A degree of difficulty

Posted on November 1, 2004

We talk often about the educational process and how it’s impacted by the quality of a school district’s transportation program, but we rarely talk about the education of the people who run the program.

Is that because it’s a moot point? Or because we’ve never thought about the educational requirements of a transportation supervisor?

What I discovered in our latest school district survey is that nearly two-thirds of transportation managers have not graduated from college (see story beginning on pg. 22). That’s a surprisingly high number. I would have guessed that two-thirds had obtained at least a bachelor’s degree.

But is this a meaningful statistic? Is the possession of a college degree a valid measure of someone’s potential or competency as a school transportation manager? Or is experience more important than education? That is, is there an advantage to understanding the nuts and bolts of a transportation operation from the ground up, perhaps from the perspective of a former bus driver?

No real answers

I ask a lot of questions here but can’t provide the answers. What I do know is that the administration of a school bus program is getting more complex every year. Drawing up budgets, dealing with ever-changing HR policies, procuring buses and other equipment, preparing fuel contracts, handling community relations, dealing with sensitive issues with school boards — the versatility required of the transportation manager is extraordinary.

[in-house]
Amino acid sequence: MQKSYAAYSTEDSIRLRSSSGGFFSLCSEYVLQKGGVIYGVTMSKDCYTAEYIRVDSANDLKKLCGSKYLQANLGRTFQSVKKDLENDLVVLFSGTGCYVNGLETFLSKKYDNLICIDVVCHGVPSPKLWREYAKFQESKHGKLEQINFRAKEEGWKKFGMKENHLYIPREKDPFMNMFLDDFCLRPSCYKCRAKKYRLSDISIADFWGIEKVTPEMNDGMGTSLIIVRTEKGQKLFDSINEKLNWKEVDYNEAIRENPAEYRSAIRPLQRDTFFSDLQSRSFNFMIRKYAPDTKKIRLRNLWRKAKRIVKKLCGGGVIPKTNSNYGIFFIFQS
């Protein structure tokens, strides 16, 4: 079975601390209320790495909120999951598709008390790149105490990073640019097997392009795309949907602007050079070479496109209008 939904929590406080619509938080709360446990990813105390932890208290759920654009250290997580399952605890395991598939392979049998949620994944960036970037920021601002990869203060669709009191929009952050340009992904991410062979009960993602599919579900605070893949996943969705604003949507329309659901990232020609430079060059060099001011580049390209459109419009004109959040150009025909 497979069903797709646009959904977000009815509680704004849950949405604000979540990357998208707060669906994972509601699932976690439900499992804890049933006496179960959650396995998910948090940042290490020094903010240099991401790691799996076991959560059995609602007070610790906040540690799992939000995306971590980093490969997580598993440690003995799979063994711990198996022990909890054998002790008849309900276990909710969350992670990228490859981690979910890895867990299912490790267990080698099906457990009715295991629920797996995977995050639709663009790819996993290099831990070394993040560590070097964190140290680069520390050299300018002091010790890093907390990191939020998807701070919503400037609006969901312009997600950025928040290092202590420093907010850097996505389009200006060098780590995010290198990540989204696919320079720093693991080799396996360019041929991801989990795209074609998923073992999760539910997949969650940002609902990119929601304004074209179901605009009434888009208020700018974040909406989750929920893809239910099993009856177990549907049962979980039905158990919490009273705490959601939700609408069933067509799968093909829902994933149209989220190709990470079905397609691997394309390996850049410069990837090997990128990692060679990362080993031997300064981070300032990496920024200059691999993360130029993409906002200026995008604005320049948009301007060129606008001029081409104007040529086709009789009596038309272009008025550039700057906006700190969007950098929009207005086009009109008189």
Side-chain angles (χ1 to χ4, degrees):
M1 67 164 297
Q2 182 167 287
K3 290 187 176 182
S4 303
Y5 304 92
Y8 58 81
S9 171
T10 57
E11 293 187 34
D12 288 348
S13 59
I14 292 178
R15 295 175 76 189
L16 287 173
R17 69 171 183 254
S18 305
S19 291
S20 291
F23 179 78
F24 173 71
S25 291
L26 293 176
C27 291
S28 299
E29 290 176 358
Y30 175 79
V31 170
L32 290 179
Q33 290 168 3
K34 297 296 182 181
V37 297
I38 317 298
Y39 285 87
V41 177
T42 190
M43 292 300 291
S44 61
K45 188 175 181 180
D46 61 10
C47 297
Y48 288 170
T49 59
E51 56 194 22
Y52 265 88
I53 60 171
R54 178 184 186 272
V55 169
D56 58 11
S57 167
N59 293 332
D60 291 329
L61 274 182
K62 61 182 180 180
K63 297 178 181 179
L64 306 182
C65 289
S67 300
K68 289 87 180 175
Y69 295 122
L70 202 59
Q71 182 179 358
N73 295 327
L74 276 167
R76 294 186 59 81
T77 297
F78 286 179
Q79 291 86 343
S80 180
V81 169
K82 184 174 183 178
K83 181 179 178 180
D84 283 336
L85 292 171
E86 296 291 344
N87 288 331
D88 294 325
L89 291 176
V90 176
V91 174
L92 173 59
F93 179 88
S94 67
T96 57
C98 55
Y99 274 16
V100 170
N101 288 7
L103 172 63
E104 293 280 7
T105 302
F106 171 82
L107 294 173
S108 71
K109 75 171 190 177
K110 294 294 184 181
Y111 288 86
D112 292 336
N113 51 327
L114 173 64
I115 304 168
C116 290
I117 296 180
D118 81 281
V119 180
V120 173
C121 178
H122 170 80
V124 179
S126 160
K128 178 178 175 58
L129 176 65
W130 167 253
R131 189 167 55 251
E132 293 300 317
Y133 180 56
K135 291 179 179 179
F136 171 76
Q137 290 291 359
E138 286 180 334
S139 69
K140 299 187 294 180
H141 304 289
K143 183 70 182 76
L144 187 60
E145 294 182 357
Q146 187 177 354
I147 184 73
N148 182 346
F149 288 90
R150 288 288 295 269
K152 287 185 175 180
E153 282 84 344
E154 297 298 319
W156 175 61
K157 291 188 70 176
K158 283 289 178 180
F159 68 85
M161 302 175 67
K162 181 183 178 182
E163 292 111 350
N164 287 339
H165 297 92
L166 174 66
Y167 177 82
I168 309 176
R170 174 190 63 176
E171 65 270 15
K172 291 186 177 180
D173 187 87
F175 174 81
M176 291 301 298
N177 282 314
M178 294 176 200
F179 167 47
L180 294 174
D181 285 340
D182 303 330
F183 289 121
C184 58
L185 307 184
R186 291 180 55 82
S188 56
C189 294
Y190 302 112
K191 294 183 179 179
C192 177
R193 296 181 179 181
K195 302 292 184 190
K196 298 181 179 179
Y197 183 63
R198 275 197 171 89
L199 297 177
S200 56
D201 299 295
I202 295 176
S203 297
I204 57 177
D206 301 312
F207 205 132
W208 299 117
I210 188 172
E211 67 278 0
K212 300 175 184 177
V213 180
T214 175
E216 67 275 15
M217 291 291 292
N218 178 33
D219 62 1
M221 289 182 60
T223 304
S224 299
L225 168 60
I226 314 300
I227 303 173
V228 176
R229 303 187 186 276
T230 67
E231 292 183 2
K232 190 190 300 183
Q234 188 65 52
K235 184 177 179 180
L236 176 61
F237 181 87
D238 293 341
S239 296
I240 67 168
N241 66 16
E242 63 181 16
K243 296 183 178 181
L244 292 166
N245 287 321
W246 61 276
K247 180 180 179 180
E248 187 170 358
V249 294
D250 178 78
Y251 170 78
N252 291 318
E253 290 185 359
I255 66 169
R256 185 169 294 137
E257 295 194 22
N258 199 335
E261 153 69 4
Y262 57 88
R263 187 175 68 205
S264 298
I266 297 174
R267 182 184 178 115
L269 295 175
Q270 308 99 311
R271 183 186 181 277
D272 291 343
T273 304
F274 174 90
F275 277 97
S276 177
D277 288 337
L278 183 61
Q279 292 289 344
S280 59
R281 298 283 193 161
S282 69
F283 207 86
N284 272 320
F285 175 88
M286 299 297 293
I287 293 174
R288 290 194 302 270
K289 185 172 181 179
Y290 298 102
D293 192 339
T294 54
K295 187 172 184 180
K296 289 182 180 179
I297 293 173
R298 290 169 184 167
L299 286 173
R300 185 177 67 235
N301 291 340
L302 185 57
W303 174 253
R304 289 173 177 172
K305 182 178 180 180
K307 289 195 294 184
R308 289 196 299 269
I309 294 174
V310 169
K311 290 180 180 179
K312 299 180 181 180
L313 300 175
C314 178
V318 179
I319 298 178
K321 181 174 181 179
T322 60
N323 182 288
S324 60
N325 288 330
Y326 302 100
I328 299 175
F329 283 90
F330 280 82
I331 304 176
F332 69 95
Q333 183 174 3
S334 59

Regulatory burdens are not going away, either. In fact, they’re getting worse. The No Child Left Behind Act has complicated the lives of many transportation managers around the country. It’s not just the difficulty in providing the additional service created by this federal education initiative, it’s also finding room in the budget for the additional cost.

The school buses themselves are growing in complexity, with high-tech engines and transmissions along with advanced componentry. The bus garage is quickly becoming a lair of computers, flashing widgets and hand-held diagnostic tools. A transportation manager might not need to understand the intricacies of this equipment but should have a fundamental knowledge that will allow him or her to make sound purchasing decisions.

Best of both worlds?

In a best-case scenario, a transportation manager would have a college degree and experience at different levels of pupil transportation. But even those attributes wouldn’t ensure a perfect fit.

In the final analysis, a person’s success at any endeavor is based on a combination of factors, many of those not related to education or experience. The ability to deal with people is perhaps the most important factor. We all know supervisors who have solid credentials in many areas but who can’t manage a staff because they don’t understand how to motivate, persuade and, when necessary, discipline.

We also know people who are great at building strong relationships with their staffs but don’t know how to budget, meet deadlines or deal with technical issues. They’re fun to work for, but they aren’t comfortable with handling situations that require the ability to reason, strategize and plan.

I’m a big believer in on-the-job learning, but I also support a strong training program. Transportation managers wear a lot of hats and shoulder tremendous responsibilities. Whether they have a college degree is less important than the support they receive from their supervisors. That should include additional training in areas where the person might be weak or inexperienced. It might also include an educational reimbursement program that will help them obtain their bachelor’s or more advanced degree (and, hopefully, a commensurate raise!).


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